Economic Stimulus Bill 2009 – $8,000 Home Buyer Tax Credit

by Mike Holman

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As part of the recent economic stimulus bill of 2009 – an $8,000 home buyer tax credit was created.  This credit will apply to home buyers who buy a home this year.  Clearly this is an effort to try to keep up house values and given how much they have fallen, perhaps it is a good time to buy.  The important thing to note is that this credit is not a loan – it does not have to be paid back.

[edit July 8, 2010 - closing deadline extended for first time home buyers tax credit to Sept 30, 2010]

[edit Sept 20  $8,000 first time home buyer credit extended.]

Who is eligible for the $8,000 home buyer tax credit?

Any one who buys a home between January 1, 2009 and November 30, 2009 and meets the following conditions:

  • You must not have owned a house in the past 3 years.  This is the “first time” homeowner condition.
  • Your income must be less than $75,000 for singles or $150,000 for married couples.  Keep in mind that singles who make up to $95k and couples who make up to $170k can get a partial credit.

Is this credit a loan?

No, this credit does not have to be paid back.

Are there any strings attached?

Yup – you have to stay in the house for 3 years otherwise the credit has to be paid back.

What is a “first time home buyer”?

A first time home buyer is someone who hasn’t owned a house in the past 3 years or has never owned a house.  For couples – this applies to both spouses.  It is important that if you sold your last house in 2006 that you don’t close on the new house within 3 years of the previous selling date or you won’t get the credit.  For example if you sold your last house on June 1, 2006 then don’t close on a new house before June 1, 2009.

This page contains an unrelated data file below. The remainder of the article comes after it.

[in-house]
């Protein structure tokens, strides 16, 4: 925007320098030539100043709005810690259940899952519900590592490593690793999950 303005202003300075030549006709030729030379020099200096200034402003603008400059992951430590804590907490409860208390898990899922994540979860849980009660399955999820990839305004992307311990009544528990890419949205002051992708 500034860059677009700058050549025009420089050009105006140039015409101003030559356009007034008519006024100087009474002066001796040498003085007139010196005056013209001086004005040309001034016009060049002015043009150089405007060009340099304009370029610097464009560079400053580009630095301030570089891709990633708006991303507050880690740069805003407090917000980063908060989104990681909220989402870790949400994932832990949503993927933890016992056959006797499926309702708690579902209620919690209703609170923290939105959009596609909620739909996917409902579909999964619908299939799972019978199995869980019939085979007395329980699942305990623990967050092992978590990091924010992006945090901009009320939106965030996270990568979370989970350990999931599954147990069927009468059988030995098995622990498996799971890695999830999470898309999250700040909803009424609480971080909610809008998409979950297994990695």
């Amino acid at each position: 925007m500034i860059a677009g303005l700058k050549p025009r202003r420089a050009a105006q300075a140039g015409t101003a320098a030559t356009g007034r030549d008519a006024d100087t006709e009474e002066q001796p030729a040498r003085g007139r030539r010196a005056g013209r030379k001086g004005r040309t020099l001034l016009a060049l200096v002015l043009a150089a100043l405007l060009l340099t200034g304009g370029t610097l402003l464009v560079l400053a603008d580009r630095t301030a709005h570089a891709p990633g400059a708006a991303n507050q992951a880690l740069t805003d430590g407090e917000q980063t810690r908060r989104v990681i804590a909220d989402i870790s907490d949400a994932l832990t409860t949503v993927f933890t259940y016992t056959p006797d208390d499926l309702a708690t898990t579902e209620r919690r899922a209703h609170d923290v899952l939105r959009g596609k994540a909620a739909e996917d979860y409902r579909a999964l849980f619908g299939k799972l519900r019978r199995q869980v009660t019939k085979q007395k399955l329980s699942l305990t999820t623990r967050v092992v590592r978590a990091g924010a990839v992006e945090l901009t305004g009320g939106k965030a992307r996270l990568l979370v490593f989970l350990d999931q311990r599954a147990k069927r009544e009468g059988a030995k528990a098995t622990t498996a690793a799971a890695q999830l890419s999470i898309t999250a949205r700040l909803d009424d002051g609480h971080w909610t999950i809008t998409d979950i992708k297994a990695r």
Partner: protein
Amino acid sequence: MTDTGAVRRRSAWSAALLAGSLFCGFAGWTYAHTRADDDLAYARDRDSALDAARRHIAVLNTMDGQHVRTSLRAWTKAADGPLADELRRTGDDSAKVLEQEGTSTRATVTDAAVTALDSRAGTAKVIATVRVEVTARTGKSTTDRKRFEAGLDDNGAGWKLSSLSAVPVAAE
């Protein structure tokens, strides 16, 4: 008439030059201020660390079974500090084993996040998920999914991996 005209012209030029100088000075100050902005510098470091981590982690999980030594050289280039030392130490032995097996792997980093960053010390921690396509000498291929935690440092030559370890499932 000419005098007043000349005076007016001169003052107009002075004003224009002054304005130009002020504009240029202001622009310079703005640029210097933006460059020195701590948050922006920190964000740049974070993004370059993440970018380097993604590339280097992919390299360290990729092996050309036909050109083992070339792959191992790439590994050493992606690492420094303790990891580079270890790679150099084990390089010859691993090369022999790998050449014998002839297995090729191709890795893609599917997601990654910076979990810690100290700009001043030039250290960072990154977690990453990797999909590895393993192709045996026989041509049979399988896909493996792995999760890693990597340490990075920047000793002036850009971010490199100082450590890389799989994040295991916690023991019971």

Is the tax credit $8,000 for everyone?

No, the actual credit is $8,000 or 10% of the house value – whichever is less.  For example if your house is worth $200,000 then you would get $8,000.  If the house is only worth $70,000 then you would only get 10% of $70k which is $7,000.

This is a refundable tax credit

The $8,000 credit means that anyone who is eligible for this credit can subtract $8,000 from the amount of tax owed to the IRS.  If you don’t owe $8,000 in taxes then you will get a refund for the difference.

For example if Bob owes $30,000 in taxes and is eligible for the $8,000 credit then he will deduct $8,000 from $30,000 and will owe only $22,000 in taxes.  Steven only owes $5,000 in taxes so if he qualifies for the credit then he will not pay any taxes and will get a refund of $3,000.

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{ 6 comments… read them below or add one }

1 Caroline

I love the fact that this is a Canadian blog and you guys write content that applies to people living in Canada. Since you’ve been writing about the U.S bailout (which is important as it will indirectly affect us as well), I was wondering if you could specify in your post whether it is Canadian or American that it applies to. For example this post I believe is Canadian since there was recently a first-time home buyers tax credit announced here, but I cannot be sure.
Thank you!

2 Four Pillars

Hi Caroline – good point about identifying whether a post is Canadian or American. Most of the stimulus posts I’ve been leading off with something about “President Obama” which should be a pretty good clue. Of course this one I didn’t – and I completely forgot about the Canadian home buyers tax credit (which would make a good post as well).

I’ll try to make it more clear in the future.

3 Kate

This article was very helpful to me, but I can’t believe that it was published and nobody noticed that you guys can’t add!

For example if Bob owes $30,000 in taxes and is eligible for the $8,000 credit then he will deduct $8,000 from $30,000 and will owe only $24,000 in taxes.
WRONG- He’ll owe $22,000 in taxes, grab a calculator next time! LOL

4 Four Pillars

Kate – Details, details! :)

Thanks for catching the bad math – I think something got lost in the currency conversion. :)

I sent an email to my editor to fix it.

5 Derek

Where do we apply for the credit ?

6 Willie Evans

Please send an application.

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